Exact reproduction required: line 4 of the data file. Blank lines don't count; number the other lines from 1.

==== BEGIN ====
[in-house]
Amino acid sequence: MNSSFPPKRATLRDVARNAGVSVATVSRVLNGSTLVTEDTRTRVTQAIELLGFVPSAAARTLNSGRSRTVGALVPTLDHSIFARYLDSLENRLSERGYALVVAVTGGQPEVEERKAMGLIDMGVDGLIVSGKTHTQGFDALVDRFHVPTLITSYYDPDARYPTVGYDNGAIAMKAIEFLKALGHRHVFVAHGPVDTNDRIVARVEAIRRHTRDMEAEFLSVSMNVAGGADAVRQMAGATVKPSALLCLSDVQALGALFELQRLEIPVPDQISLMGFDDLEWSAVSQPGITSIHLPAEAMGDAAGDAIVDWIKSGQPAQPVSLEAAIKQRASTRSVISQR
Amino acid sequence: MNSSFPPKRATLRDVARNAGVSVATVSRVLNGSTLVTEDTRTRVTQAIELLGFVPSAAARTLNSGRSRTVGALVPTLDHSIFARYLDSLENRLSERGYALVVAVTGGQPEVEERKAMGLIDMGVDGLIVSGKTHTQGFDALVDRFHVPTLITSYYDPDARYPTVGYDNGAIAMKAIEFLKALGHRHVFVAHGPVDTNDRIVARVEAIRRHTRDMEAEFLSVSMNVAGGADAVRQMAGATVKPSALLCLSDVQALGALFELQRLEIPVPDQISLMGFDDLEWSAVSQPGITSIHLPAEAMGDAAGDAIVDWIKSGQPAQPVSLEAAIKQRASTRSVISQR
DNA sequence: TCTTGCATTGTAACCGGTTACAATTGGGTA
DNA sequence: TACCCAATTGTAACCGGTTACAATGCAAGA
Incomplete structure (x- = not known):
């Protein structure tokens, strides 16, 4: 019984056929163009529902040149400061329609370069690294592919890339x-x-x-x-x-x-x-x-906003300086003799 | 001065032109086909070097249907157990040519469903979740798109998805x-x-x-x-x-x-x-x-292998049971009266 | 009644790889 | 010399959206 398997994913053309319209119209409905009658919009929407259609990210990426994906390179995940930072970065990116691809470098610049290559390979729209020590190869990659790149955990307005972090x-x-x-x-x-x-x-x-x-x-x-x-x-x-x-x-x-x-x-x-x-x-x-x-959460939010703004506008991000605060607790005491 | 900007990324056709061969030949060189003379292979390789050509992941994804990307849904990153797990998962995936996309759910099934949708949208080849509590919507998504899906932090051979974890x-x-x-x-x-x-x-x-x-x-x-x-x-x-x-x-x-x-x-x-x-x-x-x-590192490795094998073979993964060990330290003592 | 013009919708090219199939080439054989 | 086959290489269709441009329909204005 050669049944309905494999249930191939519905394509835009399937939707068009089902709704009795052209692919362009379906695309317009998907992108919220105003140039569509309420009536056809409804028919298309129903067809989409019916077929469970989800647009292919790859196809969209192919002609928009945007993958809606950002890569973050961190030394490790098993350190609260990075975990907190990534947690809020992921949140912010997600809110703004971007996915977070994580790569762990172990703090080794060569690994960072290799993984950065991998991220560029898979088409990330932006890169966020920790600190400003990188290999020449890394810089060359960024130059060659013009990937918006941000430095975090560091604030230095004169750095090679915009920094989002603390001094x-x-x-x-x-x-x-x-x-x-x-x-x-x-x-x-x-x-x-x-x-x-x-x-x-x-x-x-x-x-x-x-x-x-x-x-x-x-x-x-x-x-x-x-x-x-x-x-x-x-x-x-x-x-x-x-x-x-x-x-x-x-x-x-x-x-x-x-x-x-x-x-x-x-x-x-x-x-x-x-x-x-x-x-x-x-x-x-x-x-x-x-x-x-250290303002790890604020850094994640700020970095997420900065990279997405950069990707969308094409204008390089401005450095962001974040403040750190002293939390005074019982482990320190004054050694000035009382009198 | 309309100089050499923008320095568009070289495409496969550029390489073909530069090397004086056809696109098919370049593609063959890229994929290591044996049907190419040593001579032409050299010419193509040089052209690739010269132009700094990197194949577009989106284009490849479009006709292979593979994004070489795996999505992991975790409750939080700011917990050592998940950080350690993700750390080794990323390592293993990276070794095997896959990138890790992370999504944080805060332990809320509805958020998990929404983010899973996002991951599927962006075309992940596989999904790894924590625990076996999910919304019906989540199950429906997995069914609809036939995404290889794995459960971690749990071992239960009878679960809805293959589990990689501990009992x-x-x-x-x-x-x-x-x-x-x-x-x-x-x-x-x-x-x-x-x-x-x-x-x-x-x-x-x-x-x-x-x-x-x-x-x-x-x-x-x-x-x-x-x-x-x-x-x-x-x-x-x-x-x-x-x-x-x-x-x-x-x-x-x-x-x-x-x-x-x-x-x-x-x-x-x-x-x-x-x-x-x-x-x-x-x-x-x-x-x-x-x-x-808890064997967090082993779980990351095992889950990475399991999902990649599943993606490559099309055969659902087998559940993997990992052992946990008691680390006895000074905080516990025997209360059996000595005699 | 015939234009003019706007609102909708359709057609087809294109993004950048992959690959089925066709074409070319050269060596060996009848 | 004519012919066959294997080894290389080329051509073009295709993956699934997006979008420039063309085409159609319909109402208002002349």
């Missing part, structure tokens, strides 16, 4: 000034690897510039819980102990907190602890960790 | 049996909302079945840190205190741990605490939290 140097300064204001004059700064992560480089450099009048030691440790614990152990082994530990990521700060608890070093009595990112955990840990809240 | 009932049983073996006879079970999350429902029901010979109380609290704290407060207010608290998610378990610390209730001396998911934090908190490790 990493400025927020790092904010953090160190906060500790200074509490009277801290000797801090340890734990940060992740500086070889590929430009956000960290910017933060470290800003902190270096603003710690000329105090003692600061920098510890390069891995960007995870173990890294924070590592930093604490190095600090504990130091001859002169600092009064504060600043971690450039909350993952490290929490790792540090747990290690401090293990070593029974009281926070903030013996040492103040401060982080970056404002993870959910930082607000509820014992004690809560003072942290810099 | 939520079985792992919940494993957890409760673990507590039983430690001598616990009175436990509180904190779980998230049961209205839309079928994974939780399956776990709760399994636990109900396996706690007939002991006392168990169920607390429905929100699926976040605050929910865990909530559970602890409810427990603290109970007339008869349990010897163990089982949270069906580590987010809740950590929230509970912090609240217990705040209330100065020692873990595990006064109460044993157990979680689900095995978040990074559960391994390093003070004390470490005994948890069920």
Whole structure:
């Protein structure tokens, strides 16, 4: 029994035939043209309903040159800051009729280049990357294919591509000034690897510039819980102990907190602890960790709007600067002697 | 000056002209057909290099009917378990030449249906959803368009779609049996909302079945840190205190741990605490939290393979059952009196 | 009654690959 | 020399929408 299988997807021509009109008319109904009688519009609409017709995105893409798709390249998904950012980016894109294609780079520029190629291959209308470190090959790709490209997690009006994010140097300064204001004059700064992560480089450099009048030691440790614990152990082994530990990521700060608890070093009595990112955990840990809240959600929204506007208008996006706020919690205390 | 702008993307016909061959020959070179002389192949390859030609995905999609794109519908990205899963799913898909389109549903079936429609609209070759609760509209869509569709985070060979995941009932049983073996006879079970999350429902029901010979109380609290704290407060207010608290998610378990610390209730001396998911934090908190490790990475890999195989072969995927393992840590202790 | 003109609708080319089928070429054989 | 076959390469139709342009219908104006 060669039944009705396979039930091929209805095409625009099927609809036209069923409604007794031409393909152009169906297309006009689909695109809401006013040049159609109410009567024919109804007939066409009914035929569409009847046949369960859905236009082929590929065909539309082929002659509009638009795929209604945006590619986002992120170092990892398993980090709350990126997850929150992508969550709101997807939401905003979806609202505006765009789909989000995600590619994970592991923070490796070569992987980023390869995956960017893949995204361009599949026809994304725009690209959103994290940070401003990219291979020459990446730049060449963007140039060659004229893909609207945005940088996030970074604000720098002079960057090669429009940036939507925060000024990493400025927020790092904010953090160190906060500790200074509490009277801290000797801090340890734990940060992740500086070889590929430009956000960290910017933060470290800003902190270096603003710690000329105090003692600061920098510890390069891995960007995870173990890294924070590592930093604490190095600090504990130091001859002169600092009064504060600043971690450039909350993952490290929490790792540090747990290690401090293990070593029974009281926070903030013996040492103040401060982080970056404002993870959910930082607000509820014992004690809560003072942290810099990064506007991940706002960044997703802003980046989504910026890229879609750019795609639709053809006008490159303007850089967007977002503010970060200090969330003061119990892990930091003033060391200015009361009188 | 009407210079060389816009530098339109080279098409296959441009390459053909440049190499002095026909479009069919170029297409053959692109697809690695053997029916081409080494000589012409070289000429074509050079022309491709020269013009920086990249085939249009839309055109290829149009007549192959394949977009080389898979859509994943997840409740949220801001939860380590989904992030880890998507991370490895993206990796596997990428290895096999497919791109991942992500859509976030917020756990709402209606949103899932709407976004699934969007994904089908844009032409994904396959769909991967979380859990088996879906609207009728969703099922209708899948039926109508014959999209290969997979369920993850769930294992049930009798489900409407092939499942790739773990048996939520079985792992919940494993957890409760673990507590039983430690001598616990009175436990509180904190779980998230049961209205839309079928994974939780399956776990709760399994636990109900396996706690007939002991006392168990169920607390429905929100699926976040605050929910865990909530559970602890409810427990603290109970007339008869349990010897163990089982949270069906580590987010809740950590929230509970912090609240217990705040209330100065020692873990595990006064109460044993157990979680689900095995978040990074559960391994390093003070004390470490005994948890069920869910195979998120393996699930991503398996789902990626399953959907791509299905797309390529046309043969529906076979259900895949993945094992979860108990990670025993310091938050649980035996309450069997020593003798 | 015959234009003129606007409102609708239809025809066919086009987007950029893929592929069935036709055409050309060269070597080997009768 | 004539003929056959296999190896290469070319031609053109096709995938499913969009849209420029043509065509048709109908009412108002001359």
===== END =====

DNA sequence: TCTTGCATTGTAACCGGTTACAATTGGGTA